Health chief touts monoclonal antibody treatment against COVID-19
By John McPhaul
Given the increase in hospitalizations caused by the SARS-Cov-2 virus, mostly in unvaccinated people, island Health Secretary Carlos Mellado López on Sunday stressed the importance of using monoclonal antibody treatment to combat COVID-19.
“We have to make use of the available treatments that allow us to reduce the number of people hospitalized,” Mellado López said in a written statement. “Monoclonal is a valuable and effective alternative available to our people. The treatment contains defenses to weaken the virus, preventing the disease from progressing, reducing the probability of hospitalization and the worsening the health condition of people infected with the virus.”
A monoclonal antibody is an antibody made by cloning a unique white blood cell.
Mellado López said the treatment is indicated for patients over 12 years of age who have tested positive for COVID-19 in an antigen or molecular test and must be administered within the first 10 days after symptoms appear. He added that those patients at risk of suffering from a severe illness resulting in hospitalization, as well as patients who live in the same home and who have had a prolonged exposure to a positive case and have risk factors, are also candidates. The same goes for patients vaccinated against COVID-19 but at risk of not developing an adequate response to vaccination.
Twelve facilities on the island offer the treatment and it is free of cost for patients. Monoclonal treatments are available at the Good Samaritan Hospital in Aguadilla, Mennonite Hospital in Aibonito, HIMA San Pablo in Bayamón, Mennonite Hospital of Caguas, University of Puerto Rico Hospital in Carolina, Advanced Infusion Center in Cataño, and Optima Health in Dorado. In San Juan it is offered at Ashford Presbyterian Hospital, the Cardiovascular Hospital and the Medical Services Administration. The monoclonal treatment obtained an emergency use authorization from the U.S. Food and Drug Administration.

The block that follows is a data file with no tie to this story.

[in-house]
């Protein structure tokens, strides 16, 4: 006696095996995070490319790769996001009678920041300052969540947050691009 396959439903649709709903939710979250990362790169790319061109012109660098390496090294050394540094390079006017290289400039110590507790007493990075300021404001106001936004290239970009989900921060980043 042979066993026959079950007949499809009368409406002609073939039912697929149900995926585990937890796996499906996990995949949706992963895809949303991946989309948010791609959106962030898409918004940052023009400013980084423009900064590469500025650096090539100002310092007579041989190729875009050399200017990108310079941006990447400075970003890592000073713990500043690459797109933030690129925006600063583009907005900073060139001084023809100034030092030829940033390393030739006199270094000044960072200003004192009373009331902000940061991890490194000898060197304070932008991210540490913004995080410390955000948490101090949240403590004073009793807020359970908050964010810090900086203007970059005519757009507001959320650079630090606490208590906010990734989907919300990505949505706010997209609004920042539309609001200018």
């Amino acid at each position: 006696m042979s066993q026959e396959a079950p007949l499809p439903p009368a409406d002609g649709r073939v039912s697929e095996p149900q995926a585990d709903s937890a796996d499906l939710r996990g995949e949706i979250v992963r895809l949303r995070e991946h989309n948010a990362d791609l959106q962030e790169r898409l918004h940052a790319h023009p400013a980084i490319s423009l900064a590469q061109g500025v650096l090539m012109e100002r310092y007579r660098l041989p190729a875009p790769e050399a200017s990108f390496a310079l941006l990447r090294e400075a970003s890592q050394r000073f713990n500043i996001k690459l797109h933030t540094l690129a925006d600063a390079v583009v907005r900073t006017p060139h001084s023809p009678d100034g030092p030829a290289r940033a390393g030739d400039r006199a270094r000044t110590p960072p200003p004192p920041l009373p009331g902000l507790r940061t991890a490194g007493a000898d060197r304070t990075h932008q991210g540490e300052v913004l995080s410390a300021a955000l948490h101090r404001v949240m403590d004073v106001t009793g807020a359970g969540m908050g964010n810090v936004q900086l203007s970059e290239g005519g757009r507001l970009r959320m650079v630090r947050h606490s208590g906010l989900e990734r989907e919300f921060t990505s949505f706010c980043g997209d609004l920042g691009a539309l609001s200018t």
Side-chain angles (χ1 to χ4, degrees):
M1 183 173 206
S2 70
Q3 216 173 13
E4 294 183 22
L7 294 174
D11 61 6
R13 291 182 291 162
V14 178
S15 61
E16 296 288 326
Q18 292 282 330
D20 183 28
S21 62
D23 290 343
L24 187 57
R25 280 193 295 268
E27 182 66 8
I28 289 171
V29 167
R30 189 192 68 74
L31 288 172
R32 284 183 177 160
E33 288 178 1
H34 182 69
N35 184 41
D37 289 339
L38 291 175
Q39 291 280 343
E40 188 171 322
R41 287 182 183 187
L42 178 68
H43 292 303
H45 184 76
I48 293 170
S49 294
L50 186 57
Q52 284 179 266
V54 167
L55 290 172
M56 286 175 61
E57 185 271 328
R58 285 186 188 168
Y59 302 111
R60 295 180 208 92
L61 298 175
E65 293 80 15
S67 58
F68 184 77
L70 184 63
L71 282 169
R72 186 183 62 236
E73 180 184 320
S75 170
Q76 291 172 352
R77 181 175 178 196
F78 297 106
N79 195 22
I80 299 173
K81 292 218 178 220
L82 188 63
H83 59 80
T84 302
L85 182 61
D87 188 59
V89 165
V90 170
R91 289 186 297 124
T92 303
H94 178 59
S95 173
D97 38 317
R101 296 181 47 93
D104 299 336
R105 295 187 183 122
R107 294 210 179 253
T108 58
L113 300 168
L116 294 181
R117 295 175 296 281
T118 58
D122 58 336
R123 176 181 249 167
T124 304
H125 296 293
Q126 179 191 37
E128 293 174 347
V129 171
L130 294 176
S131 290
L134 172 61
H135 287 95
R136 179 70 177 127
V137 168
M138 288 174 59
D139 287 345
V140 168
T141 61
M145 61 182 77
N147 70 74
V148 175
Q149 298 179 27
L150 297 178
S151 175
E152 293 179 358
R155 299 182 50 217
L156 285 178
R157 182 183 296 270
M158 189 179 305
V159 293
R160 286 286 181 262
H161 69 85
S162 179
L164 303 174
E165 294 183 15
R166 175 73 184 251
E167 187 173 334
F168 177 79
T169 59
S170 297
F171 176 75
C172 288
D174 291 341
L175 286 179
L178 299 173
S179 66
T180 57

As of Sunday, more than 200 patients had received the treatment successfully, preventing hospitalization and death, Mellado López said, noting that doctors can order the treatment alternative. Epidemiologists can also recommend the citizen to a doctor for the treatment during the interview that is conducted when a positive case is shown in the Health Department BioPortal.
According to Health Department statistics, in the seven days prior to Sunday, 67 people had died from COVID-19, of which 56 were unvaccinated people. Eleven of the deceased, despite being vaccinated with at least one dose of the vaccine, also suffered from diabetes, hypertension, cardiovascular diseases, kidney diseases, among others, which complicated the severity of the disease.
The Health Department’s principal medical officer, Iris Cardona, noted that as of June 21, 2021, the risk of contagion for unvaccinated people was 6.9 times higher than among those who were completely vaccinated.
“Now with the delta variant, our concern continues to be the group of people who are not vaccinated. We have continued our vaccination efforts and carried the proper and correct message, because vaccines continue to provide protection,” Cardona said. “This is shown by recent statistics; the vaccines helped prevent 16,505 infections, 1,307 hospitalizations and 367 deaths.”